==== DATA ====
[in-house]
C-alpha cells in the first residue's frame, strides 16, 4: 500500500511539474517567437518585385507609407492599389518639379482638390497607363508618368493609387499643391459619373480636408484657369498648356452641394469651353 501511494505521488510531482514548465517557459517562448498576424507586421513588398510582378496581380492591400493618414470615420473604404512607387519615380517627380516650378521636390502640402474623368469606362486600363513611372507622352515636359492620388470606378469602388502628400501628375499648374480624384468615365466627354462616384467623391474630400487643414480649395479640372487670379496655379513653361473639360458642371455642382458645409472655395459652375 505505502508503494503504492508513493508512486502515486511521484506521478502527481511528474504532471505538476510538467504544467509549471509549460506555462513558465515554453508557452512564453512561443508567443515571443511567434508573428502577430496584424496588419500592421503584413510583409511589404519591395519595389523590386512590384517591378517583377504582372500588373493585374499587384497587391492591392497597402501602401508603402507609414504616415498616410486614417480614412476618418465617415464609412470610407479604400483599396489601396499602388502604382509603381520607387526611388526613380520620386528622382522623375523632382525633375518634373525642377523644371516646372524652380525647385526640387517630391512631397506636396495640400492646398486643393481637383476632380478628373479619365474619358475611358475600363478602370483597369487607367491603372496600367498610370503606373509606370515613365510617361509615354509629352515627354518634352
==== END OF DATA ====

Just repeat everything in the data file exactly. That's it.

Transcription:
[in-house]
C-alpha cells in the first residue's frame, strides 16, 4: 500500500511539474517567437518585385507609407492599389518639379482638390497607363508618368493609387499643391459619373480636408484657369498648356452641394469651353 501511494505521488510531482514548465517557459517562448498576424507586421513588398510582378496581380492591400493618414470615420473604404512607387519615380517627380516650378521636390502640402474623368469606362486600363513611372507622352515636359492620388470606378469602388502628400501628375499648374480624384468615365466627354462616384467623391474630400487643414480649395479640372487670379496655379513653361473639360458642371455642382458645409472655395459652375 505505502508503494503504492508513493508512486502515486511521484506521478502527481511528474504532471505538476510538467504544467509549471509549460506555462513558465515554453508557452512564453512561443508567443515571443511567434508573428502577430496584424496588419500592421503584413510583409511589404519591395519595389523590386512590384517591378517583377504582372500588373493585374499587384497587391492591392497597402501602401508603402507609414504616415498616410486614417480614412476618418465617415464609412470610407479604400483599396489601396499602388502604382509603381520607387526611388526613380520620386528622382522623375523632382525633375518634373525642377523644371516646372524652380525647385526640387517630391512631397506636396495640400492646398486643393481637383476632380478628373479619365474619358475611358475600363478602370483597369487607367491603372496600367498610370503606373509606370515613365510617361509615354509629352515627354518634352